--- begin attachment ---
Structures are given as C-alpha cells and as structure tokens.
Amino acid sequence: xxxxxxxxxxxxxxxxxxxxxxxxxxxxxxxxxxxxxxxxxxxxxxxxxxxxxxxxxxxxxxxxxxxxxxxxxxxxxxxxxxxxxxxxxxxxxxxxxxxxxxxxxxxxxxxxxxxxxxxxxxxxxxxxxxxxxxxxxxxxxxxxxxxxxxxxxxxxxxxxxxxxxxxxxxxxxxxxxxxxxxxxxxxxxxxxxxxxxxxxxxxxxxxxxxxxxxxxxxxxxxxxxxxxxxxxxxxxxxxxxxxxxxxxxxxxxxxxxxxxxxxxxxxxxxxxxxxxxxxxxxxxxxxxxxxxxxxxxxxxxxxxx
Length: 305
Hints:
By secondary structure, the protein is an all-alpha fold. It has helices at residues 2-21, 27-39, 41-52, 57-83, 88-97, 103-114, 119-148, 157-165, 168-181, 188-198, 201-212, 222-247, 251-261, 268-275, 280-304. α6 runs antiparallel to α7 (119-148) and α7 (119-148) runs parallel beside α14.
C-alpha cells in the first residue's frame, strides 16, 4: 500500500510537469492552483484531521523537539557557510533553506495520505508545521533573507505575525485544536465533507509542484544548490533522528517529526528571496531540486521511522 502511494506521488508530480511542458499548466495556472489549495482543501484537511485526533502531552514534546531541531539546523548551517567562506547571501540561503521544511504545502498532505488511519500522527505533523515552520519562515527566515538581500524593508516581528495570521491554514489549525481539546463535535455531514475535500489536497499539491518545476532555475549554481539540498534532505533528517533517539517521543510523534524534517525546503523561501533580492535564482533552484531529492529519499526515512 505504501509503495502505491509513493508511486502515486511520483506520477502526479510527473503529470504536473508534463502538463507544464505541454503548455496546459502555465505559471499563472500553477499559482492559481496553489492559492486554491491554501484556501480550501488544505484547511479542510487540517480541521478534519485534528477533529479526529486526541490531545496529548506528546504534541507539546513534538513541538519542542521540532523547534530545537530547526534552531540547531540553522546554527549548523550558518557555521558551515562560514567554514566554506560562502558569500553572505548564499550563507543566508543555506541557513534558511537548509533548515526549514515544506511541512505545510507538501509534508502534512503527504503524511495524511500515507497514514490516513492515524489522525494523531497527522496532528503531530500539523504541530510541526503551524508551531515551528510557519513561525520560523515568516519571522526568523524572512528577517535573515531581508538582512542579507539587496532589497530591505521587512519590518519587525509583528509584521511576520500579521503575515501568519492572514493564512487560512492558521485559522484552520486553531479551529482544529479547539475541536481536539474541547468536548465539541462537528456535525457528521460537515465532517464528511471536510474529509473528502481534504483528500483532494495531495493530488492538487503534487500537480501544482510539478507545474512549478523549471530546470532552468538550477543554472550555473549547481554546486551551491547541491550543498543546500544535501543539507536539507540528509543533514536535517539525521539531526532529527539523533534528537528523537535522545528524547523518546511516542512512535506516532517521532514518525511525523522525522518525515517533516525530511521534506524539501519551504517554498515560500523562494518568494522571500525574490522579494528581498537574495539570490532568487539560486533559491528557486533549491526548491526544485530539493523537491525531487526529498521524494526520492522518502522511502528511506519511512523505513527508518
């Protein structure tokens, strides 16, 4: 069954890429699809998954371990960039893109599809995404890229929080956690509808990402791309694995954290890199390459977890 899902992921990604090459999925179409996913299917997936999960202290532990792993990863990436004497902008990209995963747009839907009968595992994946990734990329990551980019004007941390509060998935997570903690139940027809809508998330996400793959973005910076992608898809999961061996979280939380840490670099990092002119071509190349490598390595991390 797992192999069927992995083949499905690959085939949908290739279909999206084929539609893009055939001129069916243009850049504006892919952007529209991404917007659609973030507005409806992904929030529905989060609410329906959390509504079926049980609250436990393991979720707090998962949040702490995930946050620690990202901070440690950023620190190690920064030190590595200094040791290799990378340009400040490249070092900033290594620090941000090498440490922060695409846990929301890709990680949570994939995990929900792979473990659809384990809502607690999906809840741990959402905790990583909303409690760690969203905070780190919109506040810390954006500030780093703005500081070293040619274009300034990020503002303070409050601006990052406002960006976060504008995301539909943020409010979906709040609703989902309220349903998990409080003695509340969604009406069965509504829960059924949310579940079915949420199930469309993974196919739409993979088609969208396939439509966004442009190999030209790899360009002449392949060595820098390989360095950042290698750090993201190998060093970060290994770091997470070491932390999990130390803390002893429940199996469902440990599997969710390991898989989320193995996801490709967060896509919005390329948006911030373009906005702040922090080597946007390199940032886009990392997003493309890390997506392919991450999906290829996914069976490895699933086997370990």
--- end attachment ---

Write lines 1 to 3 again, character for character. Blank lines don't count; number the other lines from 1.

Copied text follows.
Structures are given as C-alpha cells and as structure tokens.
Amino acid sequence: xxxxxxxxxxxxxxxxxxxxxxxxxxxxxxxxxxxxxxxxxxxxxxxxxxxxxxxxxxxxxxxxxxxxxxxxxxxxxxxxxxxxxxxxxxxxxxxxxxxxxxxxxxxxxxxxxxxxxxxxxxxxxxxxxxxxxxxxxxxxxxxxxxxxxxxxxxxxxxxxxxxxxxxxxxxxxxxxxxxxxxxxxxxxxxxxxxxxxxxxxxxxxxxxxxxxxxxxxxxxxxxxxxxxxxxxxxxxxxxxxxxxxxxxxxxxxxxxxxxxxxxxxxxxxxxxxxxxxxxxxxxxxxxxxxxxxxxxxxxxxxxxx
Length: 305